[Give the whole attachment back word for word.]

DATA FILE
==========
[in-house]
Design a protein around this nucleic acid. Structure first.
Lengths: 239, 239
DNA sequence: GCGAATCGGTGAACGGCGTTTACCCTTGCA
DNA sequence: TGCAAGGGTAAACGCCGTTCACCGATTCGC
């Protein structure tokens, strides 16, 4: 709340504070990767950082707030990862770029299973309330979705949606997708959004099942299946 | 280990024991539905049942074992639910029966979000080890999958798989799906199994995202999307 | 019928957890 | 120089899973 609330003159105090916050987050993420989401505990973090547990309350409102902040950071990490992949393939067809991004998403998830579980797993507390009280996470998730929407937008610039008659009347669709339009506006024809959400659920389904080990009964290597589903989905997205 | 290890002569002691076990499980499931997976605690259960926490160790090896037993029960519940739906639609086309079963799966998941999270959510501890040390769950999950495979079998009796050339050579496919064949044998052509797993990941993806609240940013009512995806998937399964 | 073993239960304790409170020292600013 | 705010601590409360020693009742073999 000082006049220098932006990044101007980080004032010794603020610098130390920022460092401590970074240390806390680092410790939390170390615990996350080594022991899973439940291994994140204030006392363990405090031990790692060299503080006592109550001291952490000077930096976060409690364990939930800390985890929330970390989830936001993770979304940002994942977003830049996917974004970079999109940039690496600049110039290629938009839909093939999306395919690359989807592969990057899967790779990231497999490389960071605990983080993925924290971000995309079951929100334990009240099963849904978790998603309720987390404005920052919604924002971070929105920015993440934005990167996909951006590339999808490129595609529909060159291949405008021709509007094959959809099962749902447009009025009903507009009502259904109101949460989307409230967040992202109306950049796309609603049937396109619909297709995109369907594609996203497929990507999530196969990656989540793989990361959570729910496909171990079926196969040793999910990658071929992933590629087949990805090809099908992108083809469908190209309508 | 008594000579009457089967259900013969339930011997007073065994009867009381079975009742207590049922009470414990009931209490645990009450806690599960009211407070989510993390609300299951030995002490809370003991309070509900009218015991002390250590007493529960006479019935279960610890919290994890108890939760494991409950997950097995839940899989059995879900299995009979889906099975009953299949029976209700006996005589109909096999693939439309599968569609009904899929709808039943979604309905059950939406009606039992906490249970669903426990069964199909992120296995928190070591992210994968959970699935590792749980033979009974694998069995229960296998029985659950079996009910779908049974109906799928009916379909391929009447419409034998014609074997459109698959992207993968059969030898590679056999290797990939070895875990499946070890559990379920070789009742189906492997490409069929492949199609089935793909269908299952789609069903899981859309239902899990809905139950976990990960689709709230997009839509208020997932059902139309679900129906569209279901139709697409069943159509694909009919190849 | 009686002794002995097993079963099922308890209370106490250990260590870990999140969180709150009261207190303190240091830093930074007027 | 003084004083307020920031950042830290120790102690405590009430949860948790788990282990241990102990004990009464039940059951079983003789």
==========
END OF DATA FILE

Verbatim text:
[in-house]
Design a protein around this nucleic acid. Structure first.
Lengths: 239, 239
DNA sequence: GCGAATCGGTGAACGGCGTTTACCCTTGCA
DNA sequence: TGCAAGGGTAAACGCCGTTCACCGATTCGC
């Protein structure tokens, strides 16, 4: 709340504070990767950082707030990862770029299973309330979705949606997708959004099942299946 | 280990024991539905049942074992639910029966979000080890999958798989799906199994995202999307 | 019928957890 | 120089899973 609330003159105090916050987050993420989401505990973090547990309350409102902040950071990490992949393939067809991004998403998830579980797993507390009280996470998730929407937008610039008659009347669709339009506006024809959400659920389904080990009964290597589903989905997205 | 290890002569002691076990499980499931997976605690259960926490160790090896037993029960519940739906639609086309079963799966998941999270959510501890040390769950999950495979079998009796050339050579496919064949044998052509797993990941993806609240940013009512995806998937399964 | 073993239960304790409170020292600013 | 705010601590409360020693009742073999 000082006049220098932006990044101007980080004032010794603020610098130390920022460092401590970074240390806390680092410790939390170390615990996350080594022991899973439940291994994140204030006392363990405090031990790692060299503080006592109550001291952490000077930096976060409690364990939930800390985890929330970390989830936001993770979304940002994942977003830049996917974004970079999109940039690496600049110039290629938009839909093939999306395919690359989807592969990057899967790779990231497999490389960071605990983080993925924290971000995309079951929100334990009240099963849904978790998603309720987390404005920052919604924002971070929105920015993440934005990167996909951006590339999808490129595609529909060159291949405008021709509007094959959809099962749902447009009025009903507009009502259904109101949460989307409230967040992202109306950049796309609603049937396109619909297709995109369907594609996203497929990507999530196969990656989540793989990361959570729910496909171990079926196969040793999910990658071929992933590629087949990805090809099908992108083809469908190209309508 | 008594000579009457089967259900013969339930011997007073065994009867009381079975009742207590049922009470414990009931209490645990009450806690599960009211407070989510993390609300299951030995002490809370003991309070509900009218015991002390250590007493529960006479019935279960610890919290994890108890939760494991409950997950097995839940899989059995879900299995009979889906099975009953299949029976209700006996005589109909096999693939439309599968569609009904899929709808039943979604309905059950939406009606039992906490249970669903426990069964199909992120296995928190070591992210994968959970699935590792749980033979009974694998069995229960296998029985659950079996009910779908049974109906799928009916379909391929009447419409034998014609074997459109698959992207993968059969030898590679056999290797990939070895875990499946070890559990379920070789009742189906492997490409069929492949199609089935793909269908299952789609069903899981859309239902899990809905139950976990990960689709709230997009839509208020997932059902139309679900129906569209279901139709697409069943159509694909009919190849 | 009686002794002995097993079963099922308890209370106490250990260590870990999140969180709150009261207190303190240091830093930074007027 | 003084004083307020920031950042830290120790102690405590009430949860948790788990282990241990102990004990009464039940059951079983003789």